Reviewed at L.A. Independent Film Festival, April 15, 2000. Running time: 72 MIN.
Reviewed at L.A. Independent Film Festival, April 15, 2000. Running time: 72 MIN.With: Lenny “The Guv’nor” McLean, Terence “The Black Prince” Buckley, Mike and Frank DeMaio, Jordan Maldonado, Alan Crosley, Homer “Omar” Cook. Helmer Steven Cantor has long been working lovingly on “Bounce: Behind the Velvet Rope,” and though it nabbed L.A. Indie fest’s audience award for best feature, docu remains a choppy, roughly paced look inside the world of bouncers. Largely dependent on the sheer force and personality of its subjects, project eschews cynicism for an affectionate portrait gallery of tough men with generally kind souls. Despite award, pic lacks filmmaking quality and provocative nature to give it theatrical punch beyond highly specialized urban venues. Bouncers here come in one size (big) and all types, from a gentle giant like Terence “The Black Prince” Buckley (whose efforts landing a job with an upscale Manhattan club provide pic with a rooting interest) to immensely entertaining Brit bouncer legend Lenny “The Guv’nor” McLean, who lounges in his back yard next to his bulldog mascot and volubly dismisses the younger generation. Bouncer twins Mike and Frank DeMaio are viewed somewhat condescendingly, especially when they peruse their album on hero Sly Stallone. Anticipated anecdotes of wild club escapades and encounters never materialize, and most scenes are cut much too short to generate any kind of momentum.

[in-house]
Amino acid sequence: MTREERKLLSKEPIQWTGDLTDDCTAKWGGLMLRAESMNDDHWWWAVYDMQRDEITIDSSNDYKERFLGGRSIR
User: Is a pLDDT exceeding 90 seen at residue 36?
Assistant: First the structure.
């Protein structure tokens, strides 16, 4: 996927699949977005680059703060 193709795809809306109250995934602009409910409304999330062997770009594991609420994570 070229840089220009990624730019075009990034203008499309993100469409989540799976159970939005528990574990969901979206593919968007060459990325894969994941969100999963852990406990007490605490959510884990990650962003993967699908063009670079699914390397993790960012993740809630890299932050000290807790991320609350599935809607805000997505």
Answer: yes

Bounce: Behind the Velvet Rope
A Stick Figures production. Produced by Steven Cantor, Daniel Laikind. Directed, written by Steven Cantor.
Camera (DuArt color, Magno Lab Link prints), Paul Dokuchitz; editors, Pax Wasserman, Iain Kennedy; music, Samantha Maloney.